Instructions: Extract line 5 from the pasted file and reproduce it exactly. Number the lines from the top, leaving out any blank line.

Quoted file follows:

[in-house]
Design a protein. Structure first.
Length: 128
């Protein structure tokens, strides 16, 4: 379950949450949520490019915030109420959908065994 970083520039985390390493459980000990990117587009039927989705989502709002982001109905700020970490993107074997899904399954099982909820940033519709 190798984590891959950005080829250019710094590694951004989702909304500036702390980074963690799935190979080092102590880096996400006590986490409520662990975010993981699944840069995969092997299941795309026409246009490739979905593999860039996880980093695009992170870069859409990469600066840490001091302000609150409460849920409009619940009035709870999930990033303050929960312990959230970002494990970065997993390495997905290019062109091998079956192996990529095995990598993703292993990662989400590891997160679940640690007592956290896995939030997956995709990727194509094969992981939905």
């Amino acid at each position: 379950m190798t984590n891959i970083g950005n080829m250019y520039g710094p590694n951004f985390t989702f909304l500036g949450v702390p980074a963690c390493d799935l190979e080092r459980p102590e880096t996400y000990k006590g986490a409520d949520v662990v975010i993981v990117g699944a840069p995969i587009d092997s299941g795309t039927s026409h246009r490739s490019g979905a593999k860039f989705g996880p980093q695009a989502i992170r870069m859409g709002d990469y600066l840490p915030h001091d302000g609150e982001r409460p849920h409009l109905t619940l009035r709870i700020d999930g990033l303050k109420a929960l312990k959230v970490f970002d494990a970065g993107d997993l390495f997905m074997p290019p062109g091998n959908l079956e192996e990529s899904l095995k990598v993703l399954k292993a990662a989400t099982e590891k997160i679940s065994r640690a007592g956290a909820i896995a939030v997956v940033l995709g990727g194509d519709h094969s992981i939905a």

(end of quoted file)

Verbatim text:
């Amino acid at each position: 379950m190798t984590n891959i970083g950005n080829m250019y520039g710094p590694n951004f985390t989702f909304l500036g949450v702390p980074a963690c390493d799935l190979e080092r459980p102590e880096t996400y000990k006590g986490a409520d949520v662990v975010i993981v990117g699944a840069p995969i587009d092997s299941g795309t039927s026409h246009r490739s490019g979905a593999k860039f989705g996880p980093q695009a989502i992170r870069m859409g709002d990469y600066l840490p915030h001091d302000g609150e982001r409460p849920h409009l109905t619940l009035r709870i700020d999930g990033l303050k109420a929960l312990k959230v970490f970002d494990a970065g993107d997993l390495f997905m074997p290019p062109g091998n959908l079956e192996e990529s899904l095995k990598v993703l399954k292993a990662a989400t099982e590891k997160i679940s065994r640690a007592g956290a909820i896995a939030v997956v940033l995709g990727g194509d519709h094969s992981i939905a």